Abstract: BACKGROUND: The employment rates of people with disabilities (PWDs) are lower than the general population in many countries because of several factors, including prejudices about labour production and absenteeism of these workers. OBJECTIVE: The objective of the research was to evaluate the absenteeism of PWDs in the construction industry in the metropolitan area of Recife, Pernambuco, Brazil. METHODS: Study participants were workers with disabilities that performed jobs at the work sites in the construction industry. Participants were interviewed and they answered the Work Limitation Questionnaire (WLQ). In order to compare the absenteeism of people with disabilities…and without disabilities, the companies provided real absenteeism data. RESULTS: Twenty-five workers with disabilities participated in the study, of which 32% were laborers and 72% had physical disabilities. The companies made accommodations for 56% of PWDs and all of them were the organizational type. The WLQ summed score of the PWDs was 3.16. The mean absenteeism of the PWDs was 19.00% ±1.22 standard deviation (SD) (p = 0.238) higher in relation to workers without disabilities. CONCLUSIONS: Most of the workers with disabilities had lower absenteeism than those without disability, however, the mean absenteeism of PWDs was higher in relation to workers without disabilities. In addition, workers higher educational level, the laborer of auxiliary warehouse, the workers for whom the companies have not made accommodations to the workplace and the higher WLQ summed score lower statistically significantly absenteeism in relation to workers without disabilities.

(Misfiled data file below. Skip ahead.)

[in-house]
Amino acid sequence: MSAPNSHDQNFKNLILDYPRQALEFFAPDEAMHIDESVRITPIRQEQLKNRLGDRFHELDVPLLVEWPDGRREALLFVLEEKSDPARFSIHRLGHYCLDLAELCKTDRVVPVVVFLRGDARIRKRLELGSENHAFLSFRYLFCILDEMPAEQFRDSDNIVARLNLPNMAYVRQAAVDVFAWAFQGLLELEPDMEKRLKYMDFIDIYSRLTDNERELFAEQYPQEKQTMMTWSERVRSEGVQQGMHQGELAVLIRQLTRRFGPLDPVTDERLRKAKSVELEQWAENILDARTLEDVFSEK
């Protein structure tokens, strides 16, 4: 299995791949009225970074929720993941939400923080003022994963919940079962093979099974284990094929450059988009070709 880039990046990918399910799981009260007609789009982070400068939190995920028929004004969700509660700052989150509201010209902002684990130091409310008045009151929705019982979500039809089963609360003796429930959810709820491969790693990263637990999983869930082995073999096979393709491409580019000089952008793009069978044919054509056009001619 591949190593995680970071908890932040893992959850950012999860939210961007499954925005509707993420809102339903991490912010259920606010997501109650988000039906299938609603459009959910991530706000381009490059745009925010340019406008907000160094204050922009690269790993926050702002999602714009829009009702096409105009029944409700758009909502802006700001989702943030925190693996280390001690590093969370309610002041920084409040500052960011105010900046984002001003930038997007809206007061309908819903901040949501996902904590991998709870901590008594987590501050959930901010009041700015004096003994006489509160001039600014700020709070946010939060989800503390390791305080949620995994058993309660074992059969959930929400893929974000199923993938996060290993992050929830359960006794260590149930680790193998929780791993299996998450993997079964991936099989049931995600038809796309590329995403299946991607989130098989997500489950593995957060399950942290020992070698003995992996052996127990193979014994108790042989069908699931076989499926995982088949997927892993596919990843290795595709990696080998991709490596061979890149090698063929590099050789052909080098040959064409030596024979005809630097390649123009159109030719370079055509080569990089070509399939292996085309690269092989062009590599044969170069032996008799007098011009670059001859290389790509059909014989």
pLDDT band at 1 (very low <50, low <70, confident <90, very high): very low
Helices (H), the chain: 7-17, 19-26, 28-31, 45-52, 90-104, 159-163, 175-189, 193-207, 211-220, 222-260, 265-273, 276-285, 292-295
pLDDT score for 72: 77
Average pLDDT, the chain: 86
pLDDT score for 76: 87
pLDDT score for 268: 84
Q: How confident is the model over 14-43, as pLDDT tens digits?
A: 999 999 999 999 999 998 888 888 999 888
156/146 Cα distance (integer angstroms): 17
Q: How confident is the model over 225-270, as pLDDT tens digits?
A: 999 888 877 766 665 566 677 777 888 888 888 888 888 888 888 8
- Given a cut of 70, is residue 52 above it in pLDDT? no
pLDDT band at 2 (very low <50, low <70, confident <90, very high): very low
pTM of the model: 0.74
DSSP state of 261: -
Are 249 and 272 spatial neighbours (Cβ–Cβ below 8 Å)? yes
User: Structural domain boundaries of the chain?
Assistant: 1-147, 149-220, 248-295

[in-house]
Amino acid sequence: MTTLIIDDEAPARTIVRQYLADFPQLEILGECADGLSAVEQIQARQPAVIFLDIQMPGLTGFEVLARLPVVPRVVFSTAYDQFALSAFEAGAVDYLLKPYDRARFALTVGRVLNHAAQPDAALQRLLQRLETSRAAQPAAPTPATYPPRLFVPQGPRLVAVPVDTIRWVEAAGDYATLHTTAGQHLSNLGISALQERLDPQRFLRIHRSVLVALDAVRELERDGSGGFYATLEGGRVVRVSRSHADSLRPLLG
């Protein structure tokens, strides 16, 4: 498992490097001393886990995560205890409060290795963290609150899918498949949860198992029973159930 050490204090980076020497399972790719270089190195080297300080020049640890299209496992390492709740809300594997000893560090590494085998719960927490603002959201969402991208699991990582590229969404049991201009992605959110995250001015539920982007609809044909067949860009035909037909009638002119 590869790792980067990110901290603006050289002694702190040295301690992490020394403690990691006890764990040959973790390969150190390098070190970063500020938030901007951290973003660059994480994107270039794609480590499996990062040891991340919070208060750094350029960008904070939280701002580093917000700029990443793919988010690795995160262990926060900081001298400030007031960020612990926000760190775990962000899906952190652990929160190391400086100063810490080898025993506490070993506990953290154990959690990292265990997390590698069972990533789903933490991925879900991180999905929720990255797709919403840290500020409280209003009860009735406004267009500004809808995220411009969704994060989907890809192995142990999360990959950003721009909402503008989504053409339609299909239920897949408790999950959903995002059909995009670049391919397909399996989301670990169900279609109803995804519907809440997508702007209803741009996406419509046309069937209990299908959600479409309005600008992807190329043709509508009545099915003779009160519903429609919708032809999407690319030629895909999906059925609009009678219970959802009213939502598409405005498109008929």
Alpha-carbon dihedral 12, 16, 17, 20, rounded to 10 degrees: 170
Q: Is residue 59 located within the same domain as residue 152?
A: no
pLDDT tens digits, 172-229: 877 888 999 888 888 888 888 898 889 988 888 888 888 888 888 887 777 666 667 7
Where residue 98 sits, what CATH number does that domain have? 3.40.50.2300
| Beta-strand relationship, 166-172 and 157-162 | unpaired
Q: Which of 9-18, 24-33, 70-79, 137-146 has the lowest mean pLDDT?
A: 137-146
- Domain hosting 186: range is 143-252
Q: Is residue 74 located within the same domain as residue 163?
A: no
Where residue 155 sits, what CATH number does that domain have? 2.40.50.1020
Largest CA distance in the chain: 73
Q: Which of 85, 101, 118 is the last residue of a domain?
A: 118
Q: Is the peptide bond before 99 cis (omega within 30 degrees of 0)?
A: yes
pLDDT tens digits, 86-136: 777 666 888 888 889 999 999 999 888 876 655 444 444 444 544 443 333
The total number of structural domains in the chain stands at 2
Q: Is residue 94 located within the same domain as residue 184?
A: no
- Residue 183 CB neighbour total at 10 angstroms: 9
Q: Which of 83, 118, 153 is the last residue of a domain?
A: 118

Keywords: Absence management, job accommodation, workers with disabilities, civil construction, work environments